Sailing Alone Around the World

Overview

Joshua Slocum, one of the most famous of American sea captains, really was "The First" to single-handedly circumnavigate the world. The epitome of Yankee independence, he had been captain of his own single-decker, the Aquidneck, and built the Liberdade but he was at loose-ends at fifty-one.

An old friend offered him the old oyster boat which he rebuilt into the 37' Spray and in 1895 he took off from Boston for the Straits of Gibraltar, sailed back across the Atlantic and around ...

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Overview

Joshua Slocum, one of the most famous of American sea captains, really was "The First" to single-handedly circumnavigate the world. The epitome of Yankee independence, he had been captain of his own single-decker, the Aquidneck, and built the Liberdade but he was at loose-ends at fifty-one.

An old friend offered him the old oyster boat which he rebuilt into the 37' Spray and in 1895 he took off from Boston for the Straits of Gibraltar, sailed back across the Atlantic and around South America to the South Seas. Slocum is a captivating writer, observant, humorous, and evocative. And he had a way of dealing with adversity that was at times distinctly theatrical -- here he outwits determined pirates in Tierra del Fuego: I was not for letting on that I was alone, and so I stepped into the cabin, and, passing through the hold, came out at the fore-scuttle, changing my clothes as I went along. That made two men. Then the piece of bowsprit which I had sawed off at Buenos Aires, and which I had still on board, I arranged forward on the lookout, dressed as a seaman, attaching a line by which I could pull it into motion. That made three of us...

Discover for yourself why Slocum's book is called a sailor's Walden -- Jack London sailed the Pacific using it (The Cruise of the Snark, also available from The Narrative Press). Even if you're not planning a solo sailing trip, it's a wonderful adventure.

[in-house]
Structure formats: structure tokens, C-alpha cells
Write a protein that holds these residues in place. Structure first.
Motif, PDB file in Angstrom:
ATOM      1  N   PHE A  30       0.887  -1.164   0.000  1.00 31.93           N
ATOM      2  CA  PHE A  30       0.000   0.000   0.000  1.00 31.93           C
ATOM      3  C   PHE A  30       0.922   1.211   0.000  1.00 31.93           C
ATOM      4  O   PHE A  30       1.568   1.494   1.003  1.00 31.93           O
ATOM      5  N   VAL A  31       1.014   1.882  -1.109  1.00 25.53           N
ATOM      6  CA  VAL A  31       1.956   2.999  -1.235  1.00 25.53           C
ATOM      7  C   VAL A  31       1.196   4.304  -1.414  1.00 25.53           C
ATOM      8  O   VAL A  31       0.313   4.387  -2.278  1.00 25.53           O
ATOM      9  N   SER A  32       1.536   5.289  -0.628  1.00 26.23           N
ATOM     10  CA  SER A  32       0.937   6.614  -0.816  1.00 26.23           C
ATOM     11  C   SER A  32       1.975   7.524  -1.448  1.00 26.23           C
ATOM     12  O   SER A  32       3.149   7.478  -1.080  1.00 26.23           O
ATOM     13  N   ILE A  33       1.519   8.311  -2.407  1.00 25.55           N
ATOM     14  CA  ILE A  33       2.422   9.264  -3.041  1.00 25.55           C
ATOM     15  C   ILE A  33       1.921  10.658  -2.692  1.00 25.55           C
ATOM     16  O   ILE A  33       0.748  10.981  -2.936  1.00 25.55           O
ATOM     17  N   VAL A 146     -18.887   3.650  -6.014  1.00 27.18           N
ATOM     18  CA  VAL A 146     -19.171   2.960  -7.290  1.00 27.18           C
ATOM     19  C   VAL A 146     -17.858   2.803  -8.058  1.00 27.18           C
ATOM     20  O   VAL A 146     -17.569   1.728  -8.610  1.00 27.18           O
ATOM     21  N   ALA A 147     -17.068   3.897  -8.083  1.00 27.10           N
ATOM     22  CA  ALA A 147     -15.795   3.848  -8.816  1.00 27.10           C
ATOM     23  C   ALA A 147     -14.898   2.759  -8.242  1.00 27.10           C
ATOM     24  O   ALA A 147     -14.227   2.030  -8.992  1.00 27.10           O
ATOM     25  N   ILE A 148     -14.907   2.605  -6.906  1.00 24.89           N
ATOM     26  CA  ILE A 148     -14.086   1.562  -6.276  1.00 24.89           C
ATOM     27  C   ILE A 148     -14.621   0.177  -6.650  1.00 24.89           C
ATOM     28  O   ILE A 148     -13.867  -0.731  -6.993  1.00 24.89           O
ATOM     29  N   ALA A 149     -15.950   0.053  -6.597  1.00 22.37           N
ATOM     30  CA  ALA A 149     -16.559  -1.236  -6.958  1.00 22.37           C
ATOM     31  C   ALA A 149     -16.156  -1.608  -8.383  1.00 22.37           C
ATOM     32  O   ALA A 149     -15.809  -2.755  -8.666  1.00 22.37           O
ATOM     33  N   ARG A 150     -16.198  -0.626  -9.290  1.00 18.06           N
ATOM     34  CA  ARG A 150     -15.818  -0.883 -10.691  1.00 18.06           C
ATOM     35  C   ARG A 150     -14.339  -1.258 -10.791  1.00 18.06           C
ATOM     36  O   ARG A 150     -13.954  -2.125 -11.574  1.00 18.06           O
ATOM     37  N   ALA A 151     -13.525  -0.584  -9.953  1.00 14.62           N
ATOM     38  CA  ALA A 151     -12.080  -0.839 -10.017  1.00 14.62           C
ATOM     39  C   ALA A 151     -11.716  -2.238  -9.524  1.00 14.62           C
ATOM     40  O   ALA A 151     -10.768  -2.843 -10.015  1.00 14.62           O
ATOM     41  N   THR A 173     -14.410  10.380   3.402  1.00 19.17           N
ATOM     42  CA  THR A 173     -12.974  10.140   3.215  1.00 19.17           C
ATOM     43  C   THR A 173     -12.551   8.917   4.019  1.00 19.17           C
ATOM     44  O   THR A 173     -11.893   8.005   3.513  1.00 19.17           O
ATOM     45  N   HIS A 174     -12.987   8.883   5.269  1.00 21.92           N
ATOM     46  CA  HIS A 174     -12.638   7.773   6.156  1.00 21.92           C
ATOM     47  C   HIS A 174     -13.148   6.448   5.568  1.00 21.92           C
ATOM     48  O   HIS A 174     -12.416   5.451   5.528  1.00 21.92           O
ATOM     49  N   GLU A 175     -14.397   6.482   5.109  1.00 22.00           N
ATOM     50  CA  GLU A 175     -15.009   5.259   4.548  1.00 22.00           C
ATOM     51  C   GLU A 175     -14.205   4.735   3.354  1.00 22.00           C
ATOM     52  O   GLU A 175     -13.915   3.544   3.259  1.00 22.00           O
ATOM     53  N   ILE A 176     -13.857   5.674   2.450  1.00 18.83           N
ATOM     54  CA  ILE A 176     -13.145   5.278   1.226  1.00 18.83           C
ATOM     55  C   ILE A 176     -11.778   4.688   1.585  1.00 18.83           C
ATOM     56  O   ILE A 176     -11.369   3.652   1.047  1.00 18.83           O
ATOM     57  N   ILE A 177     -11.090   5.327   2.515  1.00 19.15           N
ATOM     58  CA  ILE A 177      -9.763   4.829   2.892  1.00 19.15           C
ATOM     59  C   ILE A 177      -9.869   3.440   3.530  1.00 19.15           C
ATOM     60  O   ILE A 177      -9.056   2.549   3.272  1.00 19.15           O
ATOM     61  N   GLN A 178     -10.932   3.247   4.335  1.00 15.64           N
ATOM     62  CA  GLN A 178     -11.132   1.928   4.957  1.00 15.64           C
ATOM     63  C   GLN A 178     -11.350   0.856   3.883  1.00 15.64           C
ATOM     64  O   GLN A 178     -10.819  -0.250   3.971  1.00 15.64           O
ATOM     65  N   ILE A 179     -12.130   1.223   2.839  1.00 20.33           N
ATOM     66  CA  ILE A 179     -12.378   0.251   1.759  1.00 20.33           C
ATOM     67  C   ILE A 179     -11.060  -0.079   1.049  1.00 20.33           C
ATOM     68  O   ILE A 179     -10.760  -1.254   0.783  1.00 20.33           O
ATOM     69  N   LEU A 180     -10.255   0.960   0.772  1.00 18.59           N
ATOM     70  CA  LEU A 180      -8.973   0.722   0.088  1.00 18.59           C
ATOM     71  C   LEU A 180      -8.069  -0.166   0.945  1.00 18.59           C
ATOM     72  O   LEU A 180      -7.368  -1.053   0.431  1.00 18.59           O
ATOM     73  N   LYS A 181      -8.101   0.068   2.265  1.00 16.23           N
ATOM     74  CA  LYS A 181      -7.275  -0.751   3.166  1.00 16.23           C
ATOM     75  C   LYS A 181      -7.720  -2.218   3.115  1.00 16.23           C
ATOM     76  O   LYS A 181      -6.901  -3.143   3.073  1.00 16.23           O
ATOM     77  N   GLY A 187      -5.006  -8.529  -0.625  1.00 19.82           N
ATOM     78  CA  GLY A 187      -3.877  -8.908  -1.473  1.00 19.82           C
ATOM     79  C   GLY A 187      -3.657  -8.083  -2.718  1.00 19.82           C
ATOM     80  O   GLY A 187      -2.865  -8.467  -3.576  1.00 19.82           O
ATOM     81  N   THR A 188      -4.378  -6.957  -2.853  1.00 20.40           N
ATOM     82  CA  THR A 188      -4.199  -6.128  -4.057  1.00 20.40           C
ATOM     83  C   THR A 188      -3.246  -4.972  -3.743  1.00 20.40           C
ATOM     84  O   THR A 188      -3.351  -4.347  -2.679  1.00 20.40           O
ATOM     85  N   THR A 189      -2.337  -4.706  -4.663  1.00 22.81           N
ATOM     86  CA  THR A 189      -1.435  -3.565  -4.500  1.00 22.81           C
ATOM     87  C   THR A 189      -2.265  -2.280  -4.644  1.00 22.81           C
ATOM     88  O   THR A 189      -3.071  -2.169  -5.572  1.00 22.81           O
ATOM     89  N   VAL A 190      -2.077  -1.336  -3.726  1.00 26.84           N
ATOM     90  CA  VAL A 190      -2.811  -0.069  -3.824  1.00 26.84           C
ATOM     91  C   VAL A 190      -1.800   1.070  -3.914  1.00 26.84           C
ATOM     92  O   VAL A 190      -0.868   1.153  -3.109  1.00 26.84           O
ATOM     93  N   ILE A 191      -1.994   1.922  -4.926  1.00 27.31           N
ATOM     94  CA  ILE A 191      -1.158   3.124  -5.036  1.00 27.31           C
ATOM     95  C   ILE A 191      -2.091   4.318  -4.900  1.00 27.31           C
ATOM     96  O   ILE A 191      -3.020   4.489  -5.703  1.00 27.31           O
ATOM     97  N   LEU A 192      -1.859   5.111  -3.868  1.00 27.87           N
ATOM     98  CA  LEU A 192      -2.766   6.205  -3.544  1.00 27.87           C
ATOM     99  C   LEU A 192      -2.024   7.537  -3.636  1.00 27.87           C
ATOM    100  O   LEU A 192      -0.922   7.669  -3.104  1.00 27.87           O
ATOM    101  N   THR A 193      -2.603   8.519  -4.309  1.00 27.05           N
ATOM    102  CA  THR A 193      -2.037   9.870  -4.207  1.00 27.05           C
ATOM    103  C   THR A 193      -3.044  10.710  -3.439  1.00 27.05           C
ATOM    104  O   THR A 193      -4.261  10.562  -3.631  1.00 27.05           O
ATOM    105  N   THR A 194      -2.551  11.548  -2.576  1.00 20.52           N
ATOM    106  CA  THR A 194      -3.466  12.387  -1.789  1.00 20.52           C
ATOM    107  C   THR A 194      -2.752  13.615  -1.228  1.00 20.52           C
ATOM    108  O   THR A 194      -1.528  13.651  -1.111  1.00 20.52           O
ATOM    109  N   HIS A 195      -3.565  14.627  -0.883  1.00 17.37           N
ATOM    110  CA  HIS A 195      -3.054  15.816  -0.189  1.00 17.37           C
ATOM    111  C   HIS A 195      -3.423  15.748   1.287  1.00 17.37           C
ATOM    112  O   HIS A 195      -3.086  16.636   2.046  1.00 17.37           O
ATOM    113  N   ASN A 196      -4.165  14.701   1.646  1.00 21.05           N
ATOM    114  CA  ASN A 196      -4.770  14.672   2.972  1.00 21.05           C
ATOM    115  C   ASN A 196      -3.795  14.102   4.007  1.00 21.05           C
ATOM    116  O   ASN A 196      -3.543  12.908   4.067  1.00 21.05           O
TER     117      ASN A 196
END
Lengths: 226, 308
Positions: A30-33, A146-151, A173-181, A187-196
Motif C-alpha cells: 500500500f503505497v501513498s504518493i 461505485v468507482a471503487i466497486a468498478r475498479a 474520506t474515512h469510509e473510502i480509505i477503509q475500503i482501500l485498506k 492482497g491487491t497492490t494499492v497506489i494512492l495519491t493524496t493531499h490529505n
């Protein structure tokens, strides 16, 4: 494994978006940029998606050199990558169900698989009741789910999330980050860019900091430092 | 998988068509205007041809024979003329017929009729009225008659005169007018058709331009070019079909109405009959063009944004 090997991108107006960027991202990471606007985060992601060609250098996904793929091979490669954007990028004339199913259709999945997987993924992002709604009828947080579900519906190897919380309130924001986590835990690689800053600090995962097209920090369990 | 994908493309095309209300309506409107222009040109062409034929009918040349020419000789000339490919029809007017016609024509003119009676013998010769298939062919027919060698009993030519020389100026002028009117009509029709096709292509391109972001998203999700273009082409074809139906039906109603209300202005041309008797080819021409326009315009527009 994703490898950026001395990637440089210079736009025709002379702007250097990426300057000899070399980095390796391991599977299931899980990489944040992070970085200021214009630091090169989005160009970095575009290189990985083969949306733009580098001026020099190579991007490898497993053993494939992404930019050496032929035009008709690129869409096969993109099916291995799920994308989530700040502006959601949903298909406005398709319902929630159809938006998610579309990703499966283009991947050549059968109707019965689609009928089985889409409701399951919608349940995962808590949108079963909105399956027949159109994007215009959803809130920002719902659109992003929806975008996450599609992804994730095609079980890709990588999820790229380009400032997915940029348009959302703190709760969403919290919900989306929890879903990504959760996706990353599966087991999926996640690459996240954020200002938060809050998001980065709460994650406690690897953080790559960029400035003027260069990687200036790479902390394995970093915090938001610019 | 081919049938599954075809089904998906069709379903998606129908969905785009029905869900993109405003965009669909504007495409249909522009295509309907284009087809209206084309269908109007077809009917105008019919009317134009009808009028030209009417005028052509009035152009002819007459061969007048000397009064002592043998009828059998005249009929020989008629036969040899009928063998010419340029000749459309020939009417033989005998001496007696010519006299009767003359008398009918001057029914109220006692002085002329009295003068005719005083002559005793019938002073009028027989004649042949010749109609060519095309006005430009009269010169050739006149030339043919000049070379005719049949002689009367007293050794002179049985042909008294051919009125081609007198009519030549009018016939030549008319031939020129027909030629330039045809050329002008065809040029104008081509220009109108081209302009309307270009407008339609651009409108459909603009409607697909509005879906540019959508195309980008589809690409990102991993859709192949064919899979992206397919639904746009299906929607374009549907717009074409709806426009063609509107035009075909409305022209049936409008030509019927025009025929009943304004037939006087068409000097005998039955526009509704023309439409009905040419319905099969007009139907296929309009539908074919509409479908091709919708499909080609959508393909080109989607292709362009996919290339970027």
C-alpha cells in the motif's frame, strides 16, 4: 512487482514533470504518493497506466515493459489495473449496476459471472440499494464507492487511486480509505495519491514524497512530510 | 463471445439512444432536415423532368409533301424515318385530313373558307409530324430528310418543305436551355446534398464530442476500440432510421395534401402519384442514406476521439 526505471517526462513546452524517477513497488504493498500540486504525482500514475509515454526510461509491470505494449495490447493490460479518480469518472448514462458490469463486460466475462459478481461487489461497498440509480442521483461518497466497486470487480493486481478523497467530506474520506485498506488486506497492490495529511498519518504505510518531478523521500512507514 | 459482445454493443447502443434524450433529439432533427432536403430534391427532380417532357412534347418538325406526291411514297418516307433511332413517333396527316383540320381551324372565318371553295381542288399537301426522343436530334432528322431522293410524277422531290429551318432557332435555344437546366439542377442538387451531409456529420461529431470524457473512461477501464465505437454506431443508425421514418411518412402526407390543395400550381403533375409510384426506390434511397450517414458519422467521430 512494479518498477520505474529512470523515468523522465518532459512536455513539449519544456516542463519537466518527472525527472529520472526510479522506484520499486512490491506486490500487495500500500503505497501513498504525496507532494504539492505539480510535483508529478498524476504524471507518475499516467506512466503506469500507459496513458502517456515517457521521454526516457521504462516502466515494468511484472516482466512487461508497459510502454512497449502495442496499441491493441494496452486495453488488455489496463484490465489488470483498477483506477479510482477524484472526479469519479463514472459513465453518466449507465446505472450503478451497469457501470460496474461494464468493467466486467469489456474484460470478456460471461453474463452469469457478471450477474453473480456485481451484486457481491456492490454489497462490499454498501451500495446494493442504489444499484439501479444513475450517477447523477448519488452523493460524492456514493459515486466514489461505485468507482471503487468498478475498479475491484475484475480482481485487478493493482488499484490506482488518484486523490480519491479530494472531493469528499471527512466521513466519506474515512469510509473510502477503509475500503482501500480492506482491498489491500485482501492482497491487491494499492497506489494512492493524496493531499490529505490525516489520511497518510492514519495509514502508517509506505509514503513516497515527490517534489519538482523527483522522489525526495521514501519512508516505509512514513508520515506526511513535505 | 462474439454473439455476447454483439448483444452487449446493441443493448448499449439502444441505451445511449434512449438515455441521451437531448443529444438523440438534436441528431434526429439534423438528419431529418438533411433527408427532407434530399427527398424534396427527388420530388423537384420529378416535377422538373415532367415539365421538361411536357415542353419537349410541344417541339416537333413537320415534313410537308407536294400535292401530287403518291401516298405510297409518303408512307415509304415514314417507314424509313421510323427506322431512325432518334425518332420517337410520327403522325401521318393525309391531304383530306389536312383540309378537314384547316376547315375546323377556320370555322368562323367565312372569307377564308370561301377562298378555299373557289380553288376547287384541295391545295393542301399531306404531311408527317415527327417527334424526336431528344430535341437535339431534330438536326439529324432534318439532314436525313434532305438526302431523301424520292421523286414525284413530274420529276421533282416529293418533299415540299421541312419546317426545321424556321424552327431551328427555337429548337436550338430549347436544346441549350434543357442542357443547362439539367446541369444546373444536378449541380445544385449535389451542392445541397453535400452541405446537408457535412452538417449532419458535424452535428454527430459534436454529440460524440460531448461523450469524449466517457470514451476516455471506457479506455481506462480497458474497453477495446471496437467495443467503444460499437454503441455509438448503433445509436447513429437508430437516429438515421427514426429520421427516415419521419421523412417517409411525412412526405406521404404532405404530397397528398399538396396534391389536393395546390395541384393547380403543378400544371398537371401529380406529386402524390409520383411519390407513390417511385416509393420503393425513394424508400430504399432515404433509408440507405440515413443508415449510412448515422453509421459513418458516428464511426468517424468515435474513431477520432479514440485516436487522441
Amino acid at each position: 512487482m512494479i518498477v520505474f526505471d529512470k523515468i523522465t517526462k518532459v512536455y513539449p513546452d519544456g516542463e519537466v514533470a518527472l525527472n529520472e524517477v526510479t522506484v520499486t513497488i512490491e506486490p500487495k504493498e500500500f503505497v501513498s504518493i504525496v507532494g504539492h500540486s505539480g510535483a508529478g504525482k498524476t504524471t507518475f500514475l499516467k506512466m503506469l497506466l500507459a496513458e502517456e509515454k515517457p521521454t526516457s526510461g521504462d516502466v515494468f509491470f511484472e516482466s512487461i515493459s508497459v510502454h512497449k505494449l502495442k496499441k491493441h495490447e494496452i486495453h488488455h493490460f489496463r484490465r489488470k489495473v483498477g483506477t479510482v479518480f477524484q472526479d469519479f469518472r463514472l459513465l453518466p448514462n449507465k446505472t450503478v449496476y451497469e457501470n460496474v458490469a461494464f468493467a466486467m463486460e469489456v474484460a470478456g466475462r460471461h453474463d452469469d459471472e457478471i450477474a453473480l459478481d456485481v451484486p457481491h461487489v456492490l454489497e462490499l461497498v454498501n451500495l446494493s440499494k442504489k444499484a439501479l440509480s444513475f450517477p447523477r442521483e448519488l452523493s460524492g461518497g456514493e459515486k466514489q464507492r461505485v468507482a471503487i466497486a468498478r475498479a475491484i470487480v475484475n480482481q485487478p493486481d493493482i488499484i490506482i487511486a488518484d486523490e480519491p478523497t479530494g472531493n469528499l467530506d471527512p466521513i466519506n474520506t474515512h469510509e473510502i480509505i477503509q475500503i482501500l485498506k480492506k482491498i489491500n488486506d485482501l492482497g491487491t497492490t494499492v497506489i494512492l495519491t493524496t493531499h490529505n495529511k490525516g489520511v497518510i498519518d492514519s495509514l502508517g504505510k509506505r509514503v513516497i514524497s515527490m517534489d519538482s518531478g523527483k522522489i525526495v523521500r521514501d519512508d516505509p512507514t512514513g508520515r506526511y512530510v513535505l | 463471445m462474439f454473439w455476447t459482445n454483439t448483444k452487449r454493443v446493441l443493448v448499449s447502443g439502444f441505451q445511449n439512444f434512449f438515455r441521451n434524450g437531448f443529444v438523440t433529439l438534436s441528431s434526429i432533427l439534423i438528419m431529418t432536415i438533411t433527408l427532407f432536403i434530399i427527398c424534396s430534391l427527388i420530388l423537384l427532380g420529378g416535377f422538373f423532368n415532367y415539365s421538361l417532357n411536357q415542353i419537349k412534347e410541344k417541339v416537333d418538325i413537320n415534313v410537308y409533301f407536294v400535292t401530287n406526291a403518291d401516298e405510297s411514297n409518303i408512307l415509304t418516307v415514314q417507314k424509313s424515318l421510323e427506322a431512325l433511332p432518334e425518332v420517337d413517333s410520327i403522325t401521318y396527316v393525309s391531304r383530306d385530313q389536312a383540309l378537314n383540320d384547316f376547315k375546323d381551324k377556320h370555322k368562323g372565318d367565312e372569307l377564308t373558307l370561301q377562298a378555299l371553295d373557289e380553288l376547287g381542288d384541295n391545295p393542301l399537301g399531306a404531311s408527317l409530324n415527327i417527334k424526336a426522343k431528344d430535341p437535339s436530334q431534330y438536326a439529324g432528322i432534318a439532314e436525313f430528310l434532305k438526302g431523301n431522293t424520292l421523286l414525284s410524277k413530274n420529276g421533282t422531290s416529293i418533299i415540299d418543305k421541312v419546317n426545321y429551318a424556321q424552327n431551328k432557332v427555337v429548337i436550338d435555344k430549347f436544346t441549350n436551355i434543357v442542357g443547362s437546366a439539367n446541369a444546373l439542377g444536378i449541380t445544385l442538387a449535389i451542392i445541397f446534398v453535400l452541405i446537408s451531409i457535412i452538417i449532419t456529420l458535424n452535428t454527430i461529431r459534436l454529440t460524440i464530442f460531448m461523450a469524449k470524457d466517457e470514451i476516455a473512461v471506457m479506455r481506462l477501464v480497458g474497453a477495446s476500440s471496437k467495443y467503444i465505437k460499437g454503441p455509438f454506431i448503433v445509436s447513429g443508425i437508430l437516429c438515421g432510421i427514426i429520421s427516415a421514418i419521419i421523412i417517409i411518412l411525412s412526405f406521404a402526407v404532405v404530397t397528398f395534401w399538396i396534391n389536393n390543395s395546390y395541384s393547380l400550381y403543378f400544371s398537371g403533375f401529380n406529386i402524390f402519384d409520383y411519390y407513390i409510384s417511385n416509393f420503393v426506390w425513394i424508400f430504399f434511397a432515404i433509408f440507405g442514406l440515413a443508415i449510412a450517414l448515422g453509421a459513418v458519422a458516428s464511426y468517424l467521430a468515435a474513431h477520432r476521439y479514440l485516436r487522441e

A harrowing first-person account of a historic voyage. Joshua Slocum set sail in April of 1895 and proved--after 3 years and 46,000 miles--that one man could sail around the world alone. 6 cassettes.

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Editorial Reviews

New York Times
...[F]ull of interest to lovers of adventures.
The New York Times
...[F]ull of interest to lovers of adventures.
— 1900
From the Publisher
"One of the most readable books in the whole library of adventure."— Sports Illustrated

"A classic book. . . . Slocum's writing is as elegant as his thirty-seven-foot sloop, Spray, whose crossing of the Atlantic he describes vividly."— The New Yorker

From Barnes & Noble
In 1895, Slocum set sail in his sloop, the Spray, on a voyage that was to take 3 years & earn him a place in history as the first man to navigate the globe singlehandedly. Here is Slocum's own story, told with the salt resilience of an old sailor. 4 1/2" x 6 3/4".
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Product Details

  • ISBN-13: 9781400130757
  • Publisher: Tantor Media, Inc.
  • Publication date: 1/1/2005
  • Format: CD
  • Edition description: Library - Unabridged CD
  • Product dimensions: 6.80 (w) x 6.36 (h) x 1.01 (d)

Meet the Author

Joshua Slocum was the first man to sail alone around the world. It was a feat that made him the "patron saint" of small boat sailors everywhere. His voyage, retold in Sailing Alone Around the World, took place from 1895 to 1898. It made Slocum and his little boat SPRAY forever famous.

ALAN SKLAR has narrated over 75 audiobooks and earned numerous awards for his work. He has also provided the voice for thousands of corporate and medical videos, as well as many radio and TV commercials. He lives with his wife in New York.